In a land where those with magic are esteemed and revered, Janir guards a secret that would send her to the headsman's block at a word. As one of the reviled Argetallams, she has the power to destroy enchantments and steal others' magic—an ability that has caused bloodshed for generations.
Raised as the illegitimate daughter of an influential lord, she was determined to turn her back on her heritage, but when her power manifests, leaving a nobleman dead, she has no choice but to flee her adoptive home. In exile with the help of a fearless young enchanter and an elf sworn to protect her, she finds herself entangled in a quest to hide an ancient artifact from the kingdom’s enemies.
But they are not the only ones after the relic and soon their paths cross with a rival from Janir's distant childhood. With no hope of help or rescue, the fate of nations will depend on a fifteen year old girl and her mastery of powers she doesn't understand.
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Guest Post by the Author
Five Favorites in Fantasy: Brother/Sister Relationships
Okay, so it’s no secret that Janir has a dysfunctional relationship with her brother, Lucan. However, I find that brother/sister relationships, like boy/girl friendships, hold a special place in my heart as both a reader and a writer.
Éomer and Éowyn (The Return of the King by J.R.R. Tolkien)
Everything about them is a “yes.” Warrior king and his warrior princess sister—how is anyone supposed to compete with that?
Meg and Charles (A Swiftly Tilting Planet by Madeleine L’Engle)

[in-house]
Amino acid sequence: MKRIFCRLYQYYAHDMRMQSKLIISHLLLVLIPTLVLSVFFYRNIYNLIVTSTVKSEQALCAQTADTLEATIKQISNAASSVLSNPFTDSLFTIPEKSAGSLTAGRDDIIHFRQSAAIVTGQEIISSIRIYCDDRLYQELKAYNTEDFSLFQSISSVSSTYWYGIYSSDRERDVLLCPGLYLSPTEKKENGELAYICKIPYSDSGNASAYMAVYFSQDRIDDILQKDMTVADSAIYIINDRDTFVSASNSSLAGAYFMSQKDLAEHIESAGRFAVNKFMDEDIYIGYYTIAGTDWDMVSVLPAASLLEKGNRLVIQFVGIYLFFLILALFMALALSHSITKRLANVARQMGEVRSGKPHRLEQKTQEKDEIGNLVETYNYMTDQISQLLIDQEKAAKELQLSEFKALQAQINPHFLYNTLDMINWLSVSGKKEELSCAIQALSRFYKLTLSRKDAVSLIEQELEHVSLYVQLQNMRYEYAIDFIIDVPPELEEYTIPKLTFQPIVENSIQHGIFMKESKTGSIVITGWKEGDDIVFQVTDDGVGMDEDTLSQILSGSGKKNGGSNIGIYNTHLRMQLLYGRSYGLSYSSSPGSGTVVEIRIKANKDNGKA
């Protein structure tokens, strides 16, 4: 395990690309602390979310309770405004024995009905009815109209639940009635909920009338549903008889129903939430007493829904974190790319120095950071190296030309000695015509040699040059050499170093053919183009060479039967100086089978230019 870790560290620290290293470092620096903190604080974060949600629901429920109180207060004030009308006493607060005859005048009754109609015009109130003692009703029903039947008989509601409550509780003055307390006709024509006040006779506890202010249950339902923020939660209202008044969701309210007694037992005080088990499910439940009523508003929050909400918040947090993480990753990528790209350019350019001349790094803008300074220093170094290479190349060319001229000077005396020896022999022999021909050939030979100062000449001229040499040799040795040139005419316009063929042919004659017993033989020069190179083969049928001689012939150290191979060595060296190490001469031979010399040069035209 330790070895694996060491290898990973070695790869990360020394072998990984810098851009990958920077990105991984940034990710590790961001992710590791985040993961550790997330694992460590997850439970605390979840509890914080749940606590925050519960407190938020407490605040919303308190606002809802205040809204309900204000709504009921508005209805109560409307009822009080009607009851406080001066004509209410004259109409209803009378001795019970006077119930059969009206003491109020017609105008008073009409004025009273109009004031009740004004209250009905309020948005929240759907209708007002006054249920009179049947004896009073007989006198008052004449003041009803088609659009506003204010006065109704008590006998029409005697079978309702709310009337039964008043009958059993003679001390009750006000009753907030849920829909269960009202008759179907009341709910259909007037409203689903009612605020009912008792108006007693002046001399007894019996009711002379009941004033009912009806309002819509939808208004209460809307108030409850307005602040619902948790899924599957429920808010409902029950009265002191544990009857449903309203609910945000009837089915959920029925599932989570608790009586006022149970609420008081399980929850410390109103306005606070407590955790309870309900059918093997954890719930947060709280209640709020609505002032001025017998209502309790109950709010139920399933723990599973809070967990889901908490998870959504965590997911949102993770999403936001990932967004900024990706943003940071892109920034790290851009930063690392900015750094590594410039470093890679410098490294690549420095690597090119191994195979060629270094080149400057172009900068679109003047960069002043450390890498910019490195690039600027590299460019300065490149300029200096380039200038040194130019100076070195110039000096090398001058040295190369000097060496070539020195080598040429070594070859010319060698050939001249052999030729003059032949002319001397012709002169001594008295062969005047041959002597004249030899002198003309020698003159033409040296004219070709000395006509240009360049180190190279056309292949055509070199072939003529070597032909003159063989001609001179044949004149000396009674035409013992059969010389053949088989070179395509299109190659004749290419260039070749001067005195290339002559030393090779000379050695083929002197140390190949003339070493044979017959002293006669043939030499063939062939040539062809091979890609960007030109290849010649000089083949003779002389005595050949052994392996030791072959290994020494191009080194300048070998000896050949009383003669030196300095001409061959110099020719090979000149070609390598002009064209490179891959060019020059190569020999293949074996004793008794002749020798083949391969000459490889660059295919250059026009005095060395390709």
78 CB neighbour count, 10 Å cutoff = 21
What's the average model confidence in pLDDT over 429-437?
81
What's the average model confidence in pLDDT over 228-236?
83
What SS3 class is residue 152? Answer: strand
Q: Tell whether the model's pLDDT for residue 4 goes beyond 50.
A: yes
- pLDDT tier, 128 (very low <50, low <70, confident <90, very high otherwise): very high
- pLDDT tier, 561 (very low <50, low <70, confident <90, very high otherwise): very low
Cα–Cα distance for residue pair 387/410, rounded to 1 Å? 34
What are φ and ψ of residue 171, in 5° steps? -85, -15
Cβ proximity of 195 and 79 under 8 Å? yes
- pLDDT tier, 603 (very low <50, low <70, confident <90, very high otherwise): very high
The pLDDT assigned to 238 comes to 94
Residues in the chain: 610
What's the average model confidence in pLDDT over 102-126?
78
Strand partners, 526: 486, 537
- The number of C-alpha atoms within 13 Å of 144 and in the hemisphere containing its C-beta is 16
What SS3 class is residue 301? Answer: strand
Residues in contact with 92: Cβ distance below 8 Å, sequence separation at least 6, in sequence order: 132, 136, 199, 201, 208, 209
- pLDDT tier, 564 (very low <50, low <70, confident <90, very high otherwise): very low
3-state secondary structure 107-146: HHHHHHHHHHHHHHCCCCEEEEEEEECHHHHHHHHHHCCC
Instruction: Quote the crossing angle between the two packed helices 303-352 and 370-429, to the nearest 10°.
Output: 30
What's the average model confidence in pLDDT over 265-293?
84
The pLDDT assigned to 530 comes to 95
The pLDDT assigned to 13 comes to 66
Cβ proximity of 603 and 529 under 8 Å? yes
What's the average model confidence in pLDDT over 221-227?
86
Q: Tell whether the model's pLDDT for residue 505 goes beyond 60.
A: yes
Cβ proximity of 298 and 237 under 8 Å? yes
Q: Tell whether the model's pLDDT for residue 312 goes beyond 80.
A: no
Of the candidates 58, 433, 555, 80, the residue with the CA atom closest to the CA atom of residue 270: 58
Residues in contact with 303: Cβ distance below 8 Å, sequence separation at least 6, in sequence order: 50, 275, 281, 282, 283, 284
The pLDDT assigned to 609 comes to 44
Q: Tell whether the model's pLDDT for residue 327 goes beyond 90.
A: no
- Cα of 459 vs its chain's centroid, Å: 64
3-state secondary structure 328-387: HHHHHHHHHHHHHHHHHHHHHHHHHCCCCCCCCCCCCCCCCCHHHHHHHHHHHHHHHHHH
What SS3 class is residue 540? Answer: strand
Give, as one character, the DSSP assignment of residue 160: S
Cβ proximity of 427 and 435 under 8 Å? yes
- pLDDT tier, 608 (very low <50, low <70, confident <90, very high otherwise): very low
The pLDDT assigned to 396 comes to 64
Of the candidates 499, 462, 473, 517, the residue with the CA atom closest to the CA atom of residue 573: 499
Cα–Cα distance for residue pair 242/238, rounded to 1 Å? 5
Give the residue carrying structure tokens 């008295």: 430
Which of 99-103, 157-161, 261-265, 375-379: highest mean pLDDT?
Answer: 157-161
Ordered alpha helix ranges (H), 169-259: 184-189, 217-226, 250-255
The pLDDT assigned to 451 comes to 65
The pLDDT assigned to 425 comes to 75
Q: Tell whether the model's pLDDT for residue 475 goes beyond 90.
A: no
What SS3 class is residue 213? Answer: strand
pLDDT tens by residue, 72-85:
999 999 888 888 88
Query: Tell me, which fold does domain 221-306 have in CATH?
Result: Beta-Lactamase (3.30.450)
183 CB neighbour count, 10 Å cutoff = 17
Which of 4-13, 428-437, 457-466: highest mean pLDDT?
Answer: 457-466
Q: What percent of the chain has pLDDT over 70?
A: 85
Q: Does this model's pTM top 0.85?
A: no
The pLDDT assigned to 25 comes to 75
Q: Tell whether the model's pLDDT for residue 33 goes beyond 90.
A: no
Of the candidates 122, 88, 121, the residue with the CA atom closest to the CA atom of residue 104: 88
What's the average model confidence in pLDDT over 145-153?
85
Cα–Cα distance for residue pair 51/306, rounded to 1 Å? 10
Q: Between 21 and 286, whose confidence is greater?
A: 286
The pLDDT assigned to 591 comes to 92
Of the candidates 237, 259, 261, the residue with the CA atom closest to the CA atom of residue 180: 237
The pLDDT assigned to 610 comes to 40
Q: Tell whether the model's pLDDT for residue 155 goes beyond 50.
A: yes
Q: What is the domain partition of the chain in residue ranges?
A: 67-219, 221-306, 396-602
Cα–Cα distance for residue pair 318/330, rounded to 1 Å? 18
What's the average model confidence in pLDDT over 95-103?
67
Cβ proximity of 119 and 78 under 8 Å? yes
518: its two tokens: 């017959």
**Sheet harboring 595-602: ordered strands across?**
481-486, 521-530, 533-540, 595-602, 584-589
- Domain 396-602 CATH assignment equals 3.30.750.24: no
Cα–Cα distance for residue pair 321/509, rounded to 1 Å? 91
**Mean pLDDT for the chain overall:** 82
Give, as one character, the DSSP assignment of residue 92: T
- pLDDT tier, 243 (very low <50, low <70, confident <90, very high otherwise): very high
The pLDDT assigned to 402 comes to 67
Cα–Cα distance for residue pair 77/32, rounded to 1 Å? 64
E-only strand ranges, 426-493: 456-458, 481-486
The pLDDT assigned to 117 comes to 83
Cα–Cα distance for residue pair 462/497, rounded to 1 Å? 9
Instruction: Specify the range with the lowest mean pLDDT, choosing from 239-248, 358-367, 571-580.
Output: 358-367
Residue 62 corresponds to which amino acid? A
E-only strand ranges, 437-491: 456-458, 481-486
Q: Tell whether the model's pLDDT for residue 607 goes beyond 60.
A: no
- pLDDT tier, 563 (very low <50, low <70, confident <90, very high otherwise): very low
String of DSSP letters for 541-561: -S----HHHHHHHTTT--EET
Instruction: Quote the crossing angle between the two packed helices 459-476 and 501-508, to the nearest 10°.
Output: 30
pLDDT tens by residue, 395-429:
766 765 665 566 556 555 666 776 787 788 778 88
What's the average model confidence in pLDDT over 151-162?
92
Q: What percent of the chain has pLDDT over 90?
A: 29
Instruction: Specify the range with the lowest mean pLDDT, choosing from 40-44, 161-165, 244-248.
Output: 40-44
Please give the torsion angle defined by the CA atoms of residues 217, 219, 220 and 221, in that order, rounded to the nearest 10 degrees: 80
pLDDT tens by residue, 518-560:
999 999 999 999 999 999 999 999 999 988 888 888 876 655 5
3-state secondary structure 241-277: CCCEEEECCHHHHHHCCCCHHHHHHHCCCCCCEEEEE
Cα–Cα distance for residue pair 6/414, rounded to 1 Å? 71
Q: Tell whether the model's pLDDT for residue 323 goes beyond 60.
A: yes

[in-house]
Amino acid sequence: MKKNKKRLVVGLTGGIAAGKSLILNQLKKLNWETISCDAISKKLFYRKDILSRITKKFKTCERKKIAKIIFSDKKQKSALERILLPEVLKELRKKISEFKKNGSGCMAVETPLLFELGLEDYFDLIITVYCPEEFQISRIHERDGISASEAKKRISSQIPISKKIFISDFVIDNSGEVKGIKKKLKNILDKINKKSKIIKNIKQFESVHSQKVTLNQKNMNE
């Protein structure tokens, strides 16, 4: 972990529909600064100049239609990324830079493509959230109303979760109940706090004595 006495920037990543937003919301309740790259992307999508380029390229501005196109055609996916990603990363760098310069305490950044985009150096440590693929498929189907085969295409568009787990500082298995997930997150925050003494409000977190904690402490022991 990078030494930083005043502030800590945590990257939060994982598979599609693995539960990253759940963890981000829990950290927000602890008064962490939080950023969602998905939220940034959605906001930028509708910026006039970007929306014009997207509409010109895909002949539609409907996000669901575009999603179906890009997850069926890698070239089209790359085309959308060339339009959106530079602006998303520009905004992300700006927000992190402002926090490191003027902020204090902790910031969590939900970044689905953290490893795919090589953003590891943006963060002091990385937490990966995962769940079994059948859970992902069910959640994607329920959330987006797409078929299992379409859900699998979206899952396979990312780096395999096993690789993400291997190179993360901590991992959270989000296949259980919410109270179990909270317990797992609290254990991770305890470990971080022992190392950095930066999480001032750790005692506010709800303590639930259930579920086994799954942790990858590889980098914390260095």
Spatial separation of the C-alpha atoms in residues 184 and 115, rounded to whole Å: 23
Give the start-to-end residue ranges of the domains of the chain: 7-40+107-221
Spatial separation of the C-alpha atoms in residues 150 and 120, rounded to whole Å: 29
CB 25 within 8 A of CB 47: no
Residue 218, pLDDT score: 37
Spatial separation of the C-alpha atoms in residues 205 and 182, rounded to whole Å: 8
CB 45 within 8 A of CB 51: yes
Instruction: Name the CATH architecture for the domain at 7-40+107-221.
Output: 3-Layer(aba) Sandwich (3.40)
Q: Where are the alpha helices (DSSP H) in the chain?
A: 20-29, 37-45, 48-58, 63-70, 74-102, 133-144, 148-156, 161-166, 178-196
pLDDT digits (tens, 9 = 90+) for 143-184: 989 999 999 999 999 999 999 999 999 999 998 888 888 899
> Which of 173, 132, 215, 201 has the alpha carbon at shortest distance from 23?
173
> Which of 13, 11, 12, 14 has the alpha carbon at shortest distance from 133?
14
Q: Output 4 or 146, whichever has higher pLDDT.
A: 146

Meg and Charles kind of remind me and my brothers—socially awkward and misunderstood, but united by our mutual oddness. Ms. L’Engle is one of my favorite authors of all time and her portrayal of inter-character relationships is a great part of why.
Ginny and Ron (Harry Potter and the Half Blood Prince by J.K. Rowling)
Not many people talk about this dynamic, even the most diehard Potterheads, but let’s do that for just a moment. They tease each other, give each other a bad time, but woe unto he who tries to hurt either one. The Weasley family as a whole is lovably clannish. Way to go, JK.
Lucy and Edmund (The Voyage of the Dawn Treader by C.S. Lewis)
In this book, Lucy and Edmund are returning to Narnia for their third time, but it is the first time without either Susan or Peter. In part because of this, there is a lot more of their relationship and Edmund’s protectiveness of Lucy is just precious.
Ren and Razo (Forest Born by Shannon Hale)
Okay, so Forest Born was for the most part a let down. This sucked considering the awesomeness of the first three Books of Bayern, but what can you do? Either way, watching how Ren and Razo both came to blossom and grow, from being the forgotten younger children to the heroes of a country was the best part.
Elisabeth Wheatley began what would be her first novel at eleven and hasn’t stopped writing since. When she’s not daydreaming of elves, vampires, and/or hot guys in armor, she can be found wasting time on the internet, fangirling over her latest obsession, and pretending to be a functional citizen.
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